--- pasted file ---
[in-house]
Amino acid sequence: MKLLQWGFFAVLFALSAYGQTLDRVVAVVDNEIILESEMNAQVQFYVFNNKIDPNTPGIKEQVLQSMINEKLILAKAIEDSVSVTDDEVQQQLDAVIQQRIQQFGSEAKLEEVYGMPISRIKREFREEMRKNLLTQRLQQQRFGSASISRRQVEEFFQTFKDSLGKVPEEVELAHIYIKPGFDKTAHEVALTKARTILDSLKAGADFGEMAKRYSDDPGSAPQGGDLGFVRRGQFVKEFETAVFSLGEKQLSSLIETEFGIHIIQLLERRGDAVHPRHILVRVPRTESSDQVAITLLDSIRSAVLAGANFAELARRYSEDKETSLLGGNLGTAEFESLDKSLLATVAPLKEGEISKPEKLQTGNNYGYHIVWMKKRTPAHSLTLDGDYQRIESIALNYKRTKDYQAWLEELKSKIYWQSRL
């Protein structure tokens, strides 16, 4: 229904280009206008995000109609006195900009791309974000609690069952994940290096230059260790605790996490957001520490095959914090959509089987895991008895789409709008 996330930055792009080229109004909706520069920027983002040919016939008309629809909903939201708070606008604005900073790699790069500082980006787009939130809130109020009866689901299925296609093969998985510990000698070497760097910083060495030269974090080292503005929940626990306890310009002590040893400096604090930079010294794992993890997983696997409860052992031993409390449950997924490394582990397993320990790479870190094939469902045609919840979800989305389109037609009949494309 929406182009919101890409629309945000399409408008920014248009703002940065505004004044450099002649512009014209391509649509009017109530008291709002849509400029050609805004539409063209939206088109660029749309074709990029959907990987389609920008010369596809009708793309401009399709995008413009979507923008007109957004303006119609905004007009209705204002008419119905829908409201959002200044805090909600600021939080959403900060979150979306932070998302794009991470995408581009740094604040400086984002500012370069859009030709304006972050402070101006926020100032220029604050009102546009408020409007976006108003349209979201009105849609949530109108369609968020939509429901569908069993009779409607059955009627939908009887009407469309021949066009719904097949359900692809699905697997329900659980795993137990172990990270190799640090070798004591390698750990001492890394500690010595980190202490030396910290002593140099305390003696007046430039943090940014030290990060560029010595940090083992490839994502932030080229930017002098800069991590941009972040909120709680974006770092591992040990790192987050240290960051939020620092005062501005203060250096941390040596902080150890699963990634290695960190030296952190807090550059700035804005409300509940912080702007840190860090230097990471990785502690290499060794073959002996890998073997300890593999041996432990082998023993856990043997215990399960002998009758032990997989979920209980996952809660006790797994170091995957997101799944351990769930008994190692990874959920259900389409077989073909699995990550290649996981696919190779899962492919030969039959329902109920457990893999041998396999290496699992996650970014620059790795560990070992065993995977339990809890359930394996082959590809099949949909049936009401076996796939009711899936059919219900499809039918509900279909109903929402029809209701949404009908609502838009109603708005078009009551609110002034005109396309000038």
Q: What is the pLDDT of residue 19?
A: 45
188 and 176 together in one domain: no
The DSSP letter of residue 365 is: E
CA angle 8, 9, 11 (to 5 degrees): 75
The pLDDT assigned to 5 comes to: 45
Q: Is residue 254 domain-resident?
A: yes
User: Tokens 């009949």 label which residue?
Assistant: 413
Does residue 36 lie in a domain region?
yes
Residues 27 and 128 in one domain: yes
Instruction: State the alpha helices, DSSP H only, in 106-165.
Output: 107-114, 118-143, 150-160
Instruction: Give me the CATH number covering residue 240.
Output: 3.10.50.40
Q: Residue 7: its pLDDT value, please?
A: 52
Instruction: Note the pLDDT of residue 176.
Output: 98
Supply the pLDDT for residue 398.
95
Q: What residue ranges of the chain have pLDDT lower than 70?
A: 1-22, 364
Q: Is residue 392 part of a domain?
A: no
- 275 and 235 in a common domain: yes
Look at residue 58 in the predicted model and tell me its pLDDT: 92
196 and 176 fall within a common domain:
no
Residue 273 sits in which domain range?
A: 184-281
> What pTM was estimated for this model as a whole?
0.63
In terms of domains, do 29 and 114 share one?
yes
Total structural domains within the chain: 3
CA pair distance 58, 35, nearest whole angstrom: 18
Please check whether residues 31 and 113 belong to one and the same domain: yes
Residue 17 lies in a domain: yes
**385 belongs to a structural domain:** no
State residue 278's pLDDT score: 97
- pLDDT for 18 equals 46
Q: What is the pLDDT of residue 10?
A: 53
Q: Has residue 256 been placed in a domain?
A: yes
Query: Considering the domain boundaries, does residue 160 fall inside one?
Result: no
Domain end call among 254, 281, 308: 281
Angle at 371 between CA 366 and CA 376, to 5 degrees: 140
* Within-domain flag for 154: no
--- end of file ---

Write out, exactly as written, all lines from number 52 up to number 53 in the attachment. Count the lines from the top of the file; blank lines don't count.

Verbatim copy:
Query: Considering the domain boundaries, does residue 160 fall inside one?
Result: no